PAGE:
[iDC] story web
nknouf at media.mit.edu
Wed Jul 5 17:25:17 EDT 2006
iDC List Members,
There is some recent precedence for the wiki-based collaborative
story development that Julian mentioned at the end of his post.
Some of you might know Ze Frank (http://zefrank.com/) from his weekly
video series The Show (http://www.zefrank.com/theshow/). He has
recently been playing around with collaborative, wiki development of
He encourages people to create and edit a script that he then
videotapes for his site.
If you look at what he ended up with, for a three minute spot, you
can see how the lack of coherence and "douchebag" jokes reflect some
of the concerns that Eric raised:
Now, this might be appropriate for the snarky (in a positive sense)
videos that Ze Frank is known for producing, but for other types of
content, i.e., engaging and long-term story-lines in interactive
narratives, this is likely not what one desires.
I share Eric's concerns about not wanting to be elitist while also
understanding the way that many creative people work. I'm still
waiting to see (or develop) a collaborative creative system that does
not degenerate into meaningless chaos. How can we create a system
that through its design, enables a "meaningful" chaos or
"multiplicity" (to delve into Deleuzian-speak here) that reflects how
many (or maybe just myself) feel about the multifaceted online world?
I'm still trying to come up with an answer.
On Jul 4, 2006, at 10:42 AM, Stallabrass, Julian wrote:
> On Eric’s mordant but fundamental remarks:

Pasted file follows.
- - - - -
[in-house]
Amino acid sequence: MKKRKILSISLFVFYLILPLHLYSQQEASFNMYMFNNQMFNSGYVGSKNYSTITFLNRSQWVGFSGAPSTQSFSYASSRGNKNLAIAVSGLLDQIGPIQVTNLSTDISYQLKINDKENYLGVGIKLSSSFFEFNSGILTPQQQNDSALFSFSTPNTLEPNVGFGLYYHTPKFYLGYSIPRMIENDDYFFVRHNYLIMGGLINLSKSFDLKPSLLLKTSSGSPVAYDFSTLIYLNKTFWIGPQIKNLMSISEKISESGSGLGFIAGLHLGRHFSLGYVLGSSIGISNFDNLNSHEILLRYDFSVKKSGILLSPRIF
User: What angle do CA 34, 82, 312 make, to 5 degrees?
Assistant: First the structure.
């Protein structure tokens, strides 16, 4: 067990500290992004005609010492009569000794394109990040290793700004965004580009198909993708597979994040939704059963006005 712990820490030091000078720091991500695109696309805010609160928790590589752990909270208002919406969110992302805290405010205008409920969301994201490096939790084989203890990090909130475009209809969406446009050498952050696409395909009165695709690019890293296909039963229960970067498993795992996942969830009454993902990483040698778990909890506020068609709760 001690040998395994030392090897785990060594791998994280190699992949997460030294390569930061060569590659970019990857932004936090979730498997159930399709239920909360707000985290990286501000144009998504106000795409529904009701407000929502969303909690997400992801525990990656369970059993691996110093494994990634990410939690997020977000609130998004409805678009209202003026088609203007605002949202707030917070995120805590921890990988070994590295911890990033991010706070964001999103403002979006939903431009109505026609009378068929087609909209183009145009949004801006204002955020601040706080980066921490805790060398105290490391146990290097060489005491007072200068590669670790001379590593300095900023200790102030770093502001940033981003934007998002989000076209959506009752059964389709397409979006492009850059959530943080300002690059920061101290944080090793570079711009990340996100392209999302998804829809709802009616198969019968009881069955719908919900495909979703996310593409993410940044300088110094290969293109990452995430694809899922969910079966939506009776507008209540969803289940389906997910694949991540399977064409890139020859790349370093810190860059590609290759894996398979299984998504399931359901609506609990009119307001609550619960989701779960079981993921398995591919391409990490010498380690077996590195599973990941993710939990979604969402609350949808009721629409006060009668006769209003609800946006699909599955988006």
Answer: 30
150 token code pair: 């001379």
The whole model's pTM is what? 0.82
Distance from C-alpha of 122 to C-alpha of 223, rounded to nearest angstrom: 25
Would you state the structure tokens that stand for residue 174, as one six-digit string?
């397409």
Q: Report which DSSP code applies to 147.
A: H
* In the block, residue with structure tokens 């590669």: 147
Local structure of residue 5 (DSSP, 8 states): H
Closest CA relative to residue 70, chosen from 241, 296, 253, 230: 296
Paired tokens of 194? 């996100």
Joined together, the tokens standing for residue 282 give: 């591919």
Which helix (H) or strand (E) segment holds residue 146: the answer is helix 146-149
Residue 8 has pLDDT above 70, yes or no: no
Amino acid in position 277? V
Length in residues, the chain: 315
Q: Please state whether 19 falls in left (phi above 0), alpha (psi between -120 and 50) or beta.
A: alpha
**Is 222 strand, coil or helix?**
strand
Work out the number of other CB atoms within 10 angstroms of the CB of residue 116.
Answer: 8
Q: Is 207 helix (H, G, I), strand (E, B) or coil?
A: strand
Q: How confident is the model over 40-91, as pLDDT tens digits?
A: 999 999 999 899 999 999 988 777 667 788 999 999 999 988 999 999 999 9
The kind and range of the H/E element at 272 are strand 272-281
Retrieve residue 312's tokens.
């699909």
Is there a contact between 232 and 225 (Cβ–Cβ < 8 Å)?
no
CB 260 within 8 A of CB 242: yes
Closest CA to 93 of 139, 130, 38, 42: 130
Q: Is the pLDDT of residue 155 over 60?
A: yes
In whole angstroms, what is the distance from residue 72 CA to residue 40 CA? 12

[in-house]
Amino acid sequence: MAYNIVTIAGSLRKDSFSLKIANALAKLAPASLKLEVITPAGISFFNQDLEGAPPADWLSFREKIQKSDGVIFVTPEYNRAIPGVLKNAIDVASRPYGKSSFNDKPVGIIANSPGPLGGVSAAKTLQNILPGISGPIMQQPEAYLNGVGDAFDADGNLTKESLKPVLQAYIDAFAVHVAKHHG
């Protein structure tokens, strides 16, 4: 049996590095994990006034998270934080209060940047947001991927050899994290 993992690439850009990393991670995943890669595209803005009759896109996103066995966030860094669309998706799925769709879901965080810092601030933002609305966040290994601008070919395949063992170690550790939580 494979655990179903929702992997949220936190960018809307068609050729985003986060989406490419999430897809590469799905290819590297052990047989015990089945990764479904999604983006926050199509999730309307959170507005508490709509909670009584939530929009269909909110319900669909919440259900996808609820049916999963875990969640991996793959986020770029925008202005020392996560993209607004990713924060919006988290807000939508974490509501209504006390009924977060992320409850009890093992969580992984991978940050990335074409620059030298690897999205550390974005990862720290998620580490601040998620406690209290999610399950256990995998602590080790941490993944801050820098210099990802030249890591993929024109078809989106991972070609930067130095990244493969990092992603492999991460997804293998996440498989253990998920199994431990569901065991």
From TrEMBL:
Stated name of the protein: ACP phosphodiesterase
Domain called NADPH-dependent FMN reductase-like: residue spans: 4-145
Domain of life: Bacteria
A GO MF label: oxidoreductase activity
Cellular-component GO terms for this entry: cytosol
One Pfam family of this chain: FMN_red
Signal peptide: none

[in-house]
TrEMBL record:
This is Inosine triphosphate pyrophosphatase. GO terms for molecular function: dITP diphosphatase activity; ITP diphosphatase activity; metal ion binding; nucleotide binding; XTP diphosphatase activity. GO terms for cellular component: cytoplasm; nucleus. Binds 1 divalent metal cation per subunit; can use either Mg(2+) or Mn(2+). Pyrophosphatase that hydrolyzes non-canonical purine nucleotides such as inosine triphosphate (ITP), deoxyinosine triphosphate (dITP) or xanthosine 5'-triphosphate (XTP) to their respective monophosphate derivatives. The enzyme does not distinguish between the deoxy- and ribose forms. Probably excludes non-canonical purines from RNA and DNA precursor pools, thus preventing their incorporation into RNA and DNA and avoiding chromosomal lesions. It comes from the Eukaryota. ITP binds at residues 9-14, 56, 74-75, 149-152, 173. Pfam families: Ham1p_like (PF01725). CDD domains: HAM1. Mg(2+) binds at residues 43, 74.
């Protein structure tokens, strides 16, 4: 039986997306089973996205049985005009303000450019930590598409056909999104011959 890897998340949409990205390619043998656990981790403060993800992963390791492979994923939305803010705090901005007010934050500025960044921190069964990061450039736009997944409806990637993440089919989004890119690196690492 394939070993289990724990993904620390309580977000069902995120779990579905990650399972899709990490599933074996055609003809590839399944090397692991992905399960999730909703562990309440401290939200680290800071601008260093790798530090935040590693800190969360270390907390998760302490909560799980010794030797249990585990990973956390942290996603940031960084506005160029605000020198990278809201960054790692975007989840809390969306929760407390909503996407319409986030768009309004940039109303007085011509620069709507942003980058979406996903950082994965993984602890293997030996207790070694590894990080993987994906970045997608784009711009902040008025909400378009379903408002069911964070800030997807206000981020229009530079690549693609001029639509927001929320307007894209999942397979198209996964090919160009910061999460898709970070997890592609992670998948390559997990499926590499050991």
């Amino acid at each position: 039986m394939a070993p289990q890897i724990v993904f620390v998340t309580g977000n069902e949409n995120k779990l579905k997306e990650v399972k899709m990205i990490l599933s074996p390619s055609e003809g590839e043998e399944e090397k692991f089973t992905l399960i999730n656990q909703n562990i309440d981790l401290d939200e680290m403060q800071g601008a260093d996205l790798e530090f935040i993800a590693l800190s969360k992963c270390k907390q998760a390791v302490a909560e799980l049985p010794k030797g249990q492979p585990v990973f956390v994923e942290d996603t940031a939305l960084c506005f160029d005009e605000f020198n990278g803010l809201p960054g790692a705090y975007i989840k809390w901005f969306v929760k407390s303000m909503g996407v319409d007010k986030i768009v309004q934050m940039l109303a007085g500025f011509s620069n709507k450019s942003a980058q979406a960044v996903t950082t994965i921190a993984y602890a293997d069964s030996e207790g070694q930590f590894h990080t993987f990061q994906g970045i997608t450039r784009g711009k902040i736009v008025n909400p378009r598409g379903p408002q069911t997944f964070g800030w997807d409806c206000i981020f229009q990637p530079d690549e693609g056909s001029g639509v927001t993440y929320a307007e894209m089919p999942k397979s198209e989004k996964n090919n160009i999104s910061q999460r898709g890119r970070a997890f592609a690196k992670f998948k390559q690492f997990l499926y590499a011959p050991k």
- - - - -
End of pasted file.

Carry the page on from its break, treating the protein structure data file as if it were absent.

> In big-name gaming, we are already settled mostly with Hollywood
> scenarios, so it’s not clear that the Story Web would make things
> any worse. It opens the possibility for two effects:
> One may be simply to augment the power and ideology of existing
> gaming narrative, creating greater immersion and arguably with it
> less critical awareness on the part of players. That’s a real
> possibility and danger.
> The other is that it allows some more independent-minded people to
> create plots that take players somewhere different—as I said in
> terms of sophistication, moral grey areas, lack of neat endings and
> so on.
> The issue of the quality of writing itself may matter less. One
> should expect much less than wonderful stuff. But as with other
> mods, these contributions often drop out of the picture as their
> reputation gets around. Alexander Galloway had a look at the idea,
> and suggested formalising this, so that players could choose to see
> ratings for each story strand.
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